This was a great challenge and I hope I can maintain some of the momentum and bring more of my precious art beads out of my stash and into the light.  Many thanks to the Art Jewelry Elements blog team for hosting this challenge. Be sure to visit the contributors and other guest artists to see more uncovered buried treasures jewelry designs.

AJE team:

Lesley Watt
Lindsay Starr
Caroline Dewison
Jennifer Cameron
Jenny Davies-Reazor
Susan Kennedy
Niky Sayers


Terri – Terrri’s Blooming ideas
Shai – Shai’s Ramblings
Melissa – Bead Recipes
Tammy – Paisley  Lizard  (That’s me!)
Sarajo – SJ Designs
Kathy – Bay Moon Designs
Karin – Ginko et Colquelicot
Lola – Bead Lola Bead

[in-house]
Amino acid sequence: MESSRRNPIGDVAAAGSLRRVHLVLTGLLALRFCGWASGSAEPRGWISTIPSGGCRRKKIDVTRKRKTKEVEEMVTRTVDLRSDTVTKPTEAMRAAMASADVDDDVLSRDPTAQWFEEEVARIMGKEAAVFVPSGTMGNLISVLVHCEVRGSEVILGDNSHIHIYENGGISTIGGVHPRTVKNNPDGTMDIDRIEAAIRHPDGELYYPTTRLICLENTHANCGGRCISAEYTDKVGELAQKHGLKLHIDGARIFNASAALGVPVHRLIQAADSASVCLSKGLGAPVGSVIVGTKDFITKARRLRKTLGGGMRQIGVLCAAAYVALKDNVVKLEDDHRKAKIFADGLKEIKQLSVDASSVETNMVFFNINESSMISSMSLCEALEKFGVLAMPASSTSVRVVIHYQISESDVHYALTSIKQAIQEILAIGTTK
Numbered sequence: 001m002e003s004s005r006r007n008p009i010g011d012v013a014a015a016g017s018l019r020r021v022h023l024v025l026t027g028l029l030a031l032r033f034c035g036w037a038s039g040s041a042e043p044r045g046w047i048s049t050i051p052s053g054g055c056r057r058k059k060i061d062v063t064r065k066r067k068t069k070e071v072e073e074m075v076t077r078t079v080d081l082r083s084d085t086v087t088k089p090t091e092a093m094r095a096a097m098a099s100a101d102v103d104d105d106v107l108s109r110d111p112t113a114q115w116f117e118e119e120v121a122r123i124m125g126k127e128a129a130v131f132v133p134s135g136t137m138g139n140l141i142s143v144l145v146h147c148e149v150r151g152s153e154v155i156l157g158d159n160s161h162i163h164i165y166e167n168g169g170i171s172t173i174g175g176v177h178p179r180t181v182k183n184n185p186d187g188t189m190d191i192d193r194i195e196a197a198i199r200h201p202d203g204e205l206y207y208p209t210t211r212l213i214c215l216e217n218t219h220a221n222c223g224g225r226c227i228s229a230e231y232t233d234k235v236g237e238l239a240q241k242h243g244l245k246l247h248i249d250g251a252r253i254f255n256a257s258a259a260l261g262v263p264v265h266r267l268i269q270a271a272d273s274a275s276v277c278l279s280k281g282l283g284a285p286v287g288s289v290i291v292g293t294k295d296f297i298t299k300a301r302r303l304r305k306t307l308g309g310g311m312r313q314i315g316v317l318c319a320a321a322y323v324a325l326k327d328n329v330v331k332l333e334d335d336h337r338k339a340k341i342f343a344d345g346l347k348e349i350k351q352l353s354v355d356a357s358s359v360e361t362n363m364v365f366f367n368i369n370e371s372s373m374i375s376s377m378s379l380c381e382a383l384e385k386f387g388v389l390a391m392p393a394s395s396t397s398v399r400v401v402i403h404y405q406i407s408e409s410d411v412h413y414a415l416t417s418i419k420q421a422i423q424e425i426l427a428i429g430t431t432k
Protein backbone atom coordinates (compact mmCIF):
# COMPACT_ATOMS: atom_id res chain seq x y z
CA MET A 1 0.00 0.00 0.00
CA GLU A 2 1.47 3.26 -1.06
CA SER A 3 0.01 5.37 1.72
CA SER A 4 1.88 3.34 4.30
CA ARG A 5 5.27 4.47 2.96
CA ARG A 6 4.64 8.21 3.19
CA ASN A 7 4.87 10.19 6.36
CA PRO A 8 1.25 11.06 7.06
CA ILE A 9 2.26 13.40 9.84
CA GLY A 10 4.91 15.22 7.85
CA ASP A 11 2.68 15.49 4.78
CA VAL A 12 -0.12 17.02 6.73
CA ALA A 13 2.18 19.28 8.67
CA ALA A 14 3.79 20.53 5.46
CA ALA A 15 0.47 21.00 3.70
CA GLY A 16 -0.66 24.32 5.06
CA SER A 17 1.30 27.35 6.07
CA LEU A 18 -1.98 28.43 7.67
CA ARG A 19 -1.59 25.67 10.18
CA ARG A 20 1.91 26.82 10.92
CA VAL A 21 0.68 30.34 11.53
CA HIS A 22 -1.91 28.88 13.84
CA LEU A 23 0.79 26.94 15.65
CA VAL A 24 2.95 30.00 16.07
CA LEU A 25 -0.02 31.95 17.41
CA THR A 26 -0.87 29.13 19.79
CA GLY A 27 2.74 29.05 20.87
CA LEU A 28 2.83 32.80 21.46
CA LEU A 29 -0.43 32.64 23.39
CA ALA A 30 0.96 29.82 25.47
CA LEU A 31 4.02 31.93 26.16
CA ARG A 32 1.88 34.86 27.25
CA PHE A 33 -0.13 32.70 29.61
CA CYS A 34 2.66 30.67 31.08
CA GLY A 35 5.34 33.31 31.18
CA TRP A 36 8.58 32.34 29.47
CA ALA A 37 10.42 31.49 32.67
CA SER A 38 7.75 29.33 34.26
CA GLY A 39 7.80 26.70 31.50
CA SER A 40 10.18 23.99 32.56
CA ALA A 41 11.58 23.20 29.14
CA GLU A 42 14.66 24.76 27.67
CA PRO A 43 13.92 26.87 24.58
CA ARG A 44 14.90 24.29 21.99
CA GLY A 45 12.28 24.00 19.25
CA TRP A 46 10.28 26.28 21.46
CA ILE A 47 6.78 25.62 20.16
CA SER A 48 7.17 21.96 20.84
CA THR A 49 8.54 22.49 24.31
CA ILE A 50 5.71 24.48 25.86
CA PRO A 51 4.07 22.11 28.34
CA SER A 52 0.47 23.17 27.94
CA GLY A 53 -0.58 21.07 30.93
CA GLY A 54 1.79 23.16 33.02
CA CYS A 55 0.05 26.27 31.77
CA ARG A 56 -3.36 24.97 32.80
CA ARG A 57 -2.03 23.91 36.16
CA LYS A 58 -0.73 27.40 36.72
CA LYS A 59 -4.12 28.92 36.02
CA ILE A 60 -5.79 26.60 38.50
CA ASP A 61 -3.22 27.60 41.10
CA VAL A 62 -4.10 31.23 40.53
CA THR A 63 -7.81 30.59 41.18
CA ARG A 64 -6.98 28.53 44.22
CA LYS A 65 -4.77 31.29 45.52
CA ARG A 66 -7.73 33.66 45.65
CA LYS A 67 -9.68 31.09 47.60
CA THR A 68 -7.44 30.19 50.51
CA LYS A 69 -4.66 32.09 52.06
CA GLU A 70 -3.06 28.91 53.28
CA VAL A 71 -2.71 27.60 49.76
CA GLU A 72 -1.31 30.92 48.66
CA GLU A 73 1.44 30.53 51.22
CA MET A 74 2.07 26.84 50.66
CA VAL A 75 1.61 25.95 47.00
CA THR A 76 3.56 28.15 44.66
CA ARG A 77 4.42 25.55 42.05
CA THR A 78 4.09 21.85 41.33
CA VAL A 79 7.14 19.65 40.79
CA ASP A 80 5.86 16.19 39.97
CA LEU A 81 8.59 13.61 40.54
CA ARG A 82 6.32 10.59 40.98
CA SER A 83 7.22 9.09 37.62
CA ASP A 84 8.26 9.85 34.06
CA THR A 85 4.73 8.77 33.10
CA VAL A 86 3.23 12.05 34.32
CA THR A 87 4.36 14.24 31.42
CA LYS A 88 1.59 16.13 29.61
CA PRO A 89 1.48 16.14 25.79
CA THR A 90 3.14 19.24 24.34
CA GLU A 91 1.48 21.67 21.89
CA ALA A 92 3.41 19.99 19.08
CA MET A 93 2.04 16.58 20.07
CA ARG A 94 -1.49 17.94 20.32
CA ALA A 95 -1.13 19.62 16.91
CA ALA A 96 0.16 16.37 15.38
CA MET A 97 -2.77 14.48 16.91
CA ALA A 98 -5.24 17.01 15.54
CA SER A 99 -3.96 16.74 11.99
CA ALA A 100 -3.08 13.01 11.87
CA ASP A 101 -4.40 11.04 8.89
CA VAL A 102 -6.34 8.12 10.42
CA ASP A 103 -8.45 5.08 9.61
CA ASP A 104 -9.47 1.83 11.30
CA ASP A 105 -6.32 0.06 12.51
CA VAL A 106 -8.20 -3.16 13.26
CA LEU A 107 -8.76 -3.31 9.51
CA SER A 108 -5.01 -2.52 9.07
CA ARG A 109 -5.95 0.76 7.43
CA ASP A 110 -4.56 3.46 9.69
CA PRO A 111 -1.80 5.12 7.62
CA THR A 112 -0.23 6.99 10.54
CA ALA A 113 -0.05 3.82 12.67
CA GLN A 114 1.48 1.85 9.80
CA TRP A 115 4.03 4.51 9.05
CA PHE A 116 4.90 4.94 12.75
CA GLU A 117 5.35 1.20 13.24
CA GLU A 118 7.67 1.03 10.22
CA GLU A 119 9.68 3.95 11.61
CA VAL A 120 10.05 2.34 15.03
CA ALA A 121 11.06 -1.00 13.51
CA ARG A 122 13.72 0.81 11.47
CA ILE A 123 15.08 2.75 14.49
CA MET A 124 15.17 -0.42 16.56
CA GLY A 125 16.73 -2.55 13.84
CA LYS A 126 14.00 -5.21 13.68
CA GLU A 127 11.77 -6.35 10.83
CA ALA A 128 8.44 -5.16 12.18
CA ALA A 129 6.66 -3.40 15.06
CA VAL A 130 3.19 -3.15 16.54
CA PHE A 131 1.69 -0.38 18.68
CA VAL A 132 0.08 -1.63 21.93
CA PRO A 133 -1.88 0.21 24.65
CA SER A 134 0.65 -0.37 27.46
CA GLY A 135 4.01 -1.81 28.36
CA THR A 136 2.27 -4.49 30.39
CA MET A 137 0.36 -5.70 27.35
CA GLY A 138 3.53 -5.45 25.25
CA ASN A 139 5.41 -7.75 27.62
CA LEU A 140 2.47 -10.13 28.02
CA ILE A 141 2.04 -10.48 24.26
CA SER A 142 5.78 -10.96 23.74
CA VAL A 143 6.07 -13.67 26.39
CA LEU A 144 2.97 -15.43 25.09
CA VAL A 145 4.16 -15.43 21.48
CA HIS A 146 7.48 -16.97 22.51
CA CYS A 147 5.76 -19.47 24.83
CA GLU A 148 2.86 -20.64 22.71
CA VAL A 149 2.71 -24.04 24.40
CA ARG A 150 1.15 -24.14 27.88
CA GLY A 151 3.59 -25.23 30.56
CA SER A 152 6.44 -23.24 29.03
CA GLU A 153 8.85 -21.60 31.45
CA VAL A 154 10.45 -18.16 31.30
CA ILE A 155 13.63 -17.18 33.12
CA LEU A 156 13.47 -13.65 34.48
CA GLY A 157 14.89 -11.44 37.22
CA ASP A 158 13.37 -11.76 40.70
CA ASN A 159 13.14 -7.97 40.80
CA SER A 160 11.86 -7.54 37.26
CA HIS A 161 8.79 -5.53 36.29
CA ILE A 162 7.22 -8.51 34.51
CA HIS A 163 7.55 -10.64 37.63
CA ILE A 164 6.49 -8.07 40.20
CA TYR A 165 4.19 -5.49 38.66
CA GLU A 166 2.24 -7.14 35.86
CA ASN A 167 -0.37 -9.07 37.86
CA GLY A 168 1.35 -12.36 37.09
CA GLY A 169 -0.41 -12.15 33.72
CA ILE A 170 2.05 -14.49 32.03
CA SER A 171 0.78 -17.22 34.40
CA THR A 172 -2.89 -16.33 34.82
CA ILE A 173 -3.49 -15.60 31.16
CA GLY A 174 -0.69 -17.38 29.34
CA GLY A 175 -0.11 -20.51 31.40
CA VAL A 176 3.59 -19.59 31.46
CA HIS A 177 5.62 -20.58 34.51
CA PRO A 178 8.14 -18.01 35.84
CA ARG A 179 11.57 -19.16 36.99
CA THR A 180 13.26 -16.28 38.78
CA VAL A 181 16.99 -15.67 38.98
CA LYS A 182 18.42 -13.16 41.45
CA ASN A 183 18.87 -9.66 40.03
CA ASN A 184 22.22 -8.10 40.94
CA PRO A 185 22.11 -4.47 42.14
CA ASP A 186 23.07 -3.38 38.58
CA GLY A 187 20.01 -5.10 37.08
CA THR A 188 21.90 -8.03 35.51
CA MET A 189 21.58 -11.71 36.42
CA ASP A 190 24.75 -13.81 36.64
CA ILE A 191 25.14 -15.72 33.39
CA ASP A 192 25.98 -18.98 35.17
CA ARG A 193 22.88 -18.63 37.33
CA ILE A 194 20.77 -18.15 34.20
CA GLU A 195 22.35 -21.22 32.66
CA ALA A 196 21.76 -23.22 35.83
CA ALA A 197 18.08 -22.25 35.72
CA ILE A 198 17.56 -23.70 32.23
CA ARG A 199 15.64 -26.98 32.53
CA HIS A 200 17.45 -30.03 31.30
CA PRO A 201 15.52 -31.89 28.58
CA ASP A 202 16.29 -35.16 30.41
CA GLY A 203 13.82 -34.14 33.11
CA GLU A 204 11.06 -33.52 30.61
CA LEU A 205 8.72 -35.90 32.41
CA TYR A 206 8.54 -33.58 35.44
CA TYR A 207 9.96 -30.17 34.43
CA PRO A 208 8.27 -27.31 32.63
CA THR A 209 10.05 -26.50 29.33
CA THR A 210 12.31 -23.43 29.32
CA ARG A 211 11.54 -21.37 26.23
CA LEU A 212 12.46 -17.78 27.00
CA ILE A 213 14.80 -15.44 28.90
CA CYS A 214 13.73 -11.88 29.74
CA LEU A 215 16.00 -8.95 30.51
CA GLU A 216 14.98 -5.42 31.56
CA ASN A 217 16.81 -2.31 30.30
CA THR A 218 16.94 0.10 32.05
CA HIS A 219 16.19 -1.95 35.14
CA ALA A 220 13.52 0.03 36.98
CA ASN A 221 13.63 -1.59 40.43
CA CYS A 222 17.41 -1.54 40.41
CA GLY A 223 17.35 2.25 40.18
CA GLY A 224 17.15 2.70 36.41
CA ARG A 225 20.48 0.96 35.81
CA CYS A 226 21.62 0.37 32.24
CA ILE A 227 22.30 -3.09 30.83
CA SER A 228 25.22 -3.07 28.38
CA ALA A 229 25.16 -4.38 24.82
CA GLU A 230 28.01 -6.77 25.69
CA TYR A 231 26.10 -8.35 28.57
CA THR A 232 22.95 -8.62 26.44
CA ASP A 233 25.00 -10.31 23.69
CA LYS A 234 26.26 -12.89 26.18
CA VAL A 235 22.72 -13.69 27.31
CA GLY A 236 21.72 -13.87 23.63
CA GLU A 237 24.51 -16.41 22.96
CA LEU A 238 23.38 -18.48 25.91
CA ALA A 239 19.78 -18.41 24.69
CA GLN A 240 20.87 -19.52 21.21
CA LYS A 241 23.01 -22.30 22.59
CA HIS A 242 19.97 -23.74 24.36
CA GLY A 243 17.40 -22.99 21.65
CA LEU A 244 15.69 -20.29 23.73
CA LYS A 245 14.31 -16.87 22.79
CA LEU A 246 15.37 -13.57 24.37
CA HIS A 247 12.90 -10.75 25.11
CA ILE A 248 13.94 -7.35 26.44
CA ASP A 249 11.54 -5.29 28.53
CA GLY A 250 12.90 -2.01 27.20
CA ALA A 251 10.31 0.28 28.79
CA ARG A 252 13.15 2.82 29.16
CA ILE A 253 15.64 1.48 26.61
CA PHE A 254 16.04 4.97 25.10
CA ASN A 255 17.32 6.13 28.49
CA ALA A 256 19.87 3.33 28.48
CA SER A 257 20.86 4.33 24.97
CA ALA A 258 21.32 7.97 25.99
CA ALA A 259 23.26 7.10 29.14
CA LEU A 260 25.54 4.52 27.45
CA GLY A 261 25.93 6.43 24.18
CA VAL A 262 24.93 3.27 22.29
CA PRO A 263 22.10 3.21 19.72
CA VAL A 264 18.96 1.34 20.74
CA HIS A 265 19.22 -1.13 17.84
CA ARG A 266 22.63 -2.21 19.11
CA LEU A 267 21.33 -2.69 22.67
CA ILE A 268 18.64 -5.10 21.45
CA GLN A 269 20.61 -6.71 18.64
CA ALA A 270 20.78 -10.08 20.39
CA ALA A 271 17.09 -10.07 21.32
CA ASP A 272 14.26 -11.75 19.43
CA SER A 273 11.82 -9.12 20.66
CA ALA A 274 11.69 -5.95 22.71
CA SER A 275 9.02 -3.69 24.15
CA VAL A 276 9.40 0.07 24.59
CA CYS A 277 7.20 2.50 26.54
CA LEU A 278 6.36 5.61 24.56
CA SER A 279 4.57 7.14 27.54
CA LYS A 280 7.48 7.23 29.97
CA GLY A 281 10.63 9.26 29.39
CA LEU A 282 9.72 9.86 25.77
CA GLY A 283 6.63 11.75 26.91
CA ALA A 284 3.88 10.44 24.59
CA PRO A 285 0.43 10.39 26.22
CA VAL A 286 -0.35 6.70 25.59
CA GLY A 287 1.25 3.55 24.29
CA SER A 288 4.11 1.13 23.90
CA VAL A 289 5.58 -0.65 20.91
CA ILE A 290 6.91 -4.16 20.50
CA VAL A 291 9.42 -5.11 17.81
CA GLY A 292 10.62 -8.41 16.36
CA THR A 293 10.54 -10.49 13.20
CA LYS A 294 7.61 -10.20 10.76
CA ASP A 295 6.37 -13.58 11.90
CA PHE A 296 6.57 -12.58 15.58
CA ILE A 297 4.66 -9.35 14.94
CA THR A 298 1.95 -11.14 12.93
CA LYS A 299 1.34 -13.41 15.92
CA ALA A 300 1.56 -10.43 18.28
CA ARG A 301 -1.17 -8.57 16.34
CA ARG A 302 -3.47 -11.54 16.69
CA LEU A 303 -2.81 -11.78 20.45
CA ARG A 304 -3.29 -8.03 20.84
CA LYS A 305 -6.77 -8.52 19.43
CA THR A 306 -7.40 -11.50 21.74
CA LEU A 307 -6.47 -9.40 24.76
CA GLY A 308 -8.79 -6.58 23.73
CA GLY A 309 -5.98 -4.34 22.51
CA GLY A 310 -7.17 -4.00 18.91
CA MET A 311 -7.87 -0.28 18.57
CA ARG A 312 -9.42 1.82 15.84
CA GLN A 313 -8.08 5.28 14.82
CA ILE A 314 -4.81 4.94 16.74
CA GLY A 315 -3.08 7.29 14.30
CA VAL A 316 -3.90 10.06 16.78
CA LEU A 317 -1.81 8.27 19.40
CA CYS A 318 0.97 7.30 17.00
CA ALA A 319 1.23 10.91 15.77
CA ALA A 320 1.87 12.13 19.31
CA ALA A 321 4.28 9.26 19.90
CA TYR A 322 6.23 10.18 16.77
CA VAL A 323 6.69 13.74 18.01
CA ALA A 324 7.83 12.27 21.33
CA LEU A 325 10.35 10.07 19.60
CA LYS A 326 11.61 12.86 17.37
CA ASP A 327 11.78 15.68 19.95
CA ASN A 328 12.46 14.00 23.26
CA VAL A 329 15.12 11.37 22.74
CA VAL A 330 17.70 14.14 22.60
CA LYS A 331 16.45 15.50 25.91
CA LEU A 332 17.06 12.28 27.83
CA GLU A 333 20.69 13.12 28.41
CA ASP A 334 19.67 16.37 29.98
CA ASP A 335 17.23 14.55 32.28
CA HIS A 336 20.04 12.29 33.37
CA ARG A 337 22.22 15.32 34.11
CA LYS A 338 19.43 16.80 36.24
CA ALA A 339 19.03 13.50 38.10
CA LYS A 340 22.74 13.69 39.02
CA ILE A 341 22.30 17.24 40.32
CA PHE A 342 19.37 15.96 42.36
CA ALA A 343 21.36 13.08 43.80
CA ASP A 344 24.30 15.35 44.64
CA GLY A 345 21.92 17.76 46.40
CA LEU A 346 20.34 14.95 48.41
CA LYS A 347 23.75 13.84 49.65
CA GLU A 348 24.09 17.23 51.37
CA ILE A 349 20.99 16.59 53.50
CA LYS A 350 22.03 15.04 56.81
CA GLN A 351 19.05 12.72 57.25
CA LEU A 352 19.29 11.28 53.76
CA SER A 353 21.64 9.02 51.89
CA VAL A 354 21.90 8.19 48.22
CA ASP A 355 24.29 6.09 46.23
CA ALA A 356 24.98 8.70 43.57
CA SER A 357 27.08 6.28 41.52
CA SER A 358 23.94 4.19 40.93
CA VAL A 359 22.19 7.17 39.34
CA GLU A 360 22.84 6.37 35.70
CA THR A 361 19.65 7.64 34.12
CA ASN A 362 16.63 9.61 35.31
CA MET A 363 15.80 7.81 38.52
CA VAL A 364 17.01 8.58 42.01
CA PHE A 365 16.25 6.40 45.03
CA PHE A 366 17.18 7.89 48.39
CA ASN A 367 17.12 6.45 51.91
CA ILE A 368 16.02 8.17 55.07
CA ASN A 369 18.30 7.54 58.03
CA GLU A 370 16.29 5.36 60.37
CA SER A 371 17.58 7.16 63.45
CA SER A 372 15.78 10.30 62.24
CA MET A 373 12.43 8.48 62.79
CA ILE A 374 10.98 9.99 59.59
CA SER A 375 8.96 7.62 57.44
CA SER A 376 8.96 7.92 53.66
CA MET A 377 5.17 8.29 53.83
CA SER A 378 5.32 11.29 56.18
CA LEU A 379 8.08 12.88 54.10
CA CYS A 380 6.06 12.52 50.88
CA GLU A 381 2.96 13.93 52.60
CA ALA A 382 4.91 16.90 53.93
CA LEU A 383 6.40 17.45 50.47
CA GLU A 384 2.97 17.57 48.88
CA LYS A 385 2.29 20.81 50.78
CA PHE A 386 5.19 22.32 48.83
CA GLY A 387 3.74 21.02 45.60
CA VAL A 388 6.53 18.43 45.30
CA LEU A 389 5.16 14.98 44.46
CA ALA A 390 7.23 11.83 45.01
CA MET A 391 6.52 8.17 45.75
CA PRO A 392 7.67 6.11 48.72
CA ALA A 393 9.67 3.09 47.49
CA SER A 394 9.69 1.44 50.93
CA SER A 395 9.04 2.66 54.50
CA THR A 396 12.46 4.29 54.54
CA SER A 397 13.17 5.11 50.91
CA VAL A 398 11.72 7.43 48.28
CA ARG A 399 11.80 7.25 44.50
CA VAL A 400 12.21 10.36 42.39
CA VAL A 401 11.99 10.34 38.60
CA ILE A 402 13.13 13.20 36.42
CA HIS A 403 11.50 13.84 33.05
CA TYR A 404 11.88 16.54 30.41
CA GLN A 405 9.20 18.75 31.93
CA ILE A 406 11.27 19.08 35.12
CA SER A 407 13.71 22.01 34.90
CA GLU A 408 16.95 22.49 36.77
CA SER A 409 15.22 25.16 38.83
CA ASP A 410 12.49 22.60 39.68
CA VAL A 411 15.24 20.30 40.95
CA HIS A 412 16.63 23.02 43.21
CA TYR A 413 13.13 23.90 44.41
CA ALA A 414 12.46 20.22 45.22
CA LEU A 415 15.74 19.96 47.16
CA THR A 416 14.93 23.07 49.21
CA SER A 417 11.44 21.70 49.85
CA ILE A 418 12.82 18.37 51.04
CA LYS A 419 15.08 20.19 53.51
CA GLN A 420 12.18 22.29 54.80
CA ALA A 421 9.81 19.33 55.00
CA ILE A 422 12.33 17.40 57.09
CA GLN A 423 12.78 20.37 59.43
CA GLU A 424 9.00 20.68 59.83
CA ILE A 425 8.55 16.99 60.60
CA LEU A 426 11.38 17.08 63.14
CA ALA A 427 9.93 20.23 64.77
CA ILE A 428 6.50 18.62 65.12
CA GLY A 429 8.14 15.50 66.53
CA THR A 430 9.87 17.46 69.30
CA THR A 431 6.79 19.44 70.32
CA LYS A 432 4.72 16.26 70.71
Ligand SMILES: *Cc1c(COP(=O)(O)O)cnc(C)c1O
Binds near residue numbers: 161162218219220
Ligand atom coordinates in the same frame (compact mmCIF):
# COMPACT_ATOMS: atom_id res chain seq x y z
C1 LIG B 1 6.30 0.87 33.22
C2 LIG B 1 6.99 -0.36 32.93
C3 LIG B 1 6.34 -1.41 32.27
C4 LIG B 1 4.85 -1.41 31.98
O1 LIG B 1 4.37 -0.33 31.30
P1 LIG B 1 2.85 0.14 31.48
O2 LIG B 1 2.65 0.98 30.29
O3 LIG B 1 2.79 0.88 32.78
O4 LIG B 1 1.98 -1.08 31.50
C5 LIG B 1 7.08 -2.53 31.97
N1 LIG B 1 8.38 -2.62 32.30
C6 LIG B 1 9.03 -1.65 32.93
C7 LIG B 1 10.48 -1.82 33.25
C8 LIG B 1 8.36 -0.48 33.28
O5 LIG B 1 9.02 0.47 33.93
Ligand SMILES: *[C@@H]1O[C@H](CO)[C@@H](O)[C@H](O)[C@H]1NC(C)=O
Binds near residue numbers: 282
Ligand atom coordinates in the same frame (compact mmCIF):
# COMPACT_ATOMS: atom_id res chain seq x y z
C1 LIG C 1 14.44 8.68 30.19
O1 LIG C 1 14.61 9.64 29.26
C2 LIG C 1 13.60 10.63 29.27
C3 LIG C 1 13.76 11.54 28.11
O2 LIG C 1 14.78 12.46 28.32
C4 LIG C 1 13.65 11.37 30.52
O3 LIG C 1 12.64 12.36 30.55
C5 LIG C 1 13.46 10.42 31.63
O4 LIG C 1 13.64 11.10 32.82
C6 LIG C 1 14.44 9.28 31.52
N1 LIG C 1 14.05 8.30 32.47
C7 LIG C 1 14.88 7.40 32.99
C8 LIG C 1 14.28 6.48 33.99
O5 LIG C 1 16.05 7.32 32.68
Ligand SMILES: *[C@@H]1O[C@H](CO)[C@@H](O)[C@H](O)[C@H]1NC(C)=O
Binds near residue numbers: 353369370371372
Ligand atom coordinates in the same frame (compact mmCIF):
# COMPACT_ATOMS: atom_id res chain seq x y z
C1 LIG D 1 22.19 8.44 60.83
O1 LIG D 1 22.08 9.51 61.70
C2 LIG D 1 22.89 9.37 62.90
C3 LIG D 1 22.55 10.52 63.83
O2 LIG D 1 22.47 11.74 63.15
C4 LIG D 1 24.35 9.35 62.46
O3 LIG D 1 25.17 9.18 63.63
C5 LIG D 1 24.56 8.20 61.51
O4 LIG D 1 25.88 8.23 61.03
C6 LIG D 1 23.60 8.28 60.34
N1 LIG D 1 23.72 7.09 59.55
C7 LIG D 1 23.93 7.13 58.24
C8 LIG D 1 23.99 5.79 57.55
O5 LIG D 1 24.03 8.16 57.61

Samantha – Wescott Jewelry
Mona – Bijoux Gem

36 thoughts on “Buried Treasure: AJE Jewelry Challenge

  1. Kathy Lindemer

    You made some great pieces. I love both bracelets. You some unknown reason I find bracelets to be the most challenging to make. Coming up with the design is rough. You did a wonderful job. I love your earrings. The components you used are beautiful. Well done!

    1. Tammy Adams Post author

      Thanks so much, Kathy. My theory on why I am frequently stumped by bracelet designs is that I don’t wear bracelets. I feel more inspired by necklaces, and especially earrings. I am never without earrings.

    1. Tammy Adams Post author

      Thank you, Cynthia. I started my art beads collection about 2 years ago and am wondering how I didn’t notice all these talented component artists sooner.

  2. Lola